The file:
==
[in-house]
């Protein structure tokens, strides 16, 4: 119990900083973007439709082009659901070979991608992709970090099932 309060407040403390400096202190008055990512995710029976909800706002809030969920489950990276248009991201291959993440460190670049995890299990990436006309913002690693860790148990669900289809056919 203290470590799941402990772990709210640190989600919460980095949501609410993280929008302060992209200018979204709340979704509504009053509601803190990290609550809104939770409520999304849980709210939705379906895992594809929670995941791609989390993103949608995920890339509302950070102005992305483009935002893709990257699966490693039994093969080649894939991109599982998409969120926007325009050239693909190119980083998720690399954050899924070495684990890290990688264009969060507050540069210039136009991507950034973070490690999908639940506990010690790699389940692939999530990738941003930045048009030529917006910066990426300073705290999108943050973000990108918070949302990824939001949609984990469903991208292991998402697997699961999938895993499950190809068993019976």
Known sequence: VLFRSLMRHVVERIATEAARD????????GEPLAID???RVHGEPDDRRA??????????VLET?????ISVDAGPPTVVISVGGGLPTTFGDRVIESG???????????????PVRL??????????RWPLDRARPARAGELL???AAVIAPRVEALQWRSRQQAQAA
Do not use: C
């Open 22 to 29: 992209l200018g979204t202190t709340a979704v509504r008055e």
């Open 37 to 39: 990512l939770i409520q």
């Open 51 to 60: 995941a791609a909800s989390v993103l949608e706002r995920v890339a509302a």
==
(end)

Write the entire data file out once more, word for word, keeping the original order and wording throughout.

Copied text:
[in-house]
């Protein structure tokens, strides 16, 4: 119990900083973007439709082009659901070979991608992709970090099932 309060407040403390400096202190008055990512995710029976909800706002809030969920489950990276248009991201291959993440460190670049995890299990990436006309913002690693860790148990669900289809056919 203290470590799941402990772990709210640190989600919460980095949501609410993280929008302060992209200018979204709340979704509504009053509601803190990290609550809104939770409520999304849980709210939705379906895992594809929670995941791609989390993103949608995920890339509302950070102005992305483009935002893709990257699966490693039994093969080649894939991109599982998409969120926007325009050239693909190119980083998720690399954050899924070495684990890290990688264009969060507050540069210039136009991507950034973070490690999908639940506990010690790699389940692939999530990738941003930045048009030529917006910066990426300073705290999108943050973000990108918070949302990824939001949609984990469903991208292991998402697997699961999938895993499950190809068993019976």
Known sequence: VLFRSLMRHVVERIATEAARD????????GEPLAID???RVHGEPDDRRA??????????VLET?????ISVDAGPPTVVISVGGGLPTTFGDRVIESG???????????????PVRL??????????RWPLDRARPARAGELL???AAVIAPRVEALQWRSRQQAQAA
Do not use: C
């Open 22 to 29: 992209l200018g979204t202190t709340a979704v509504r008055e």
């Open 37 to 39: 990512l939770i409520q």
């Open 51 to 60: 995941a791609a909800s989390v993103l949608e706002r995920v890339a509302a």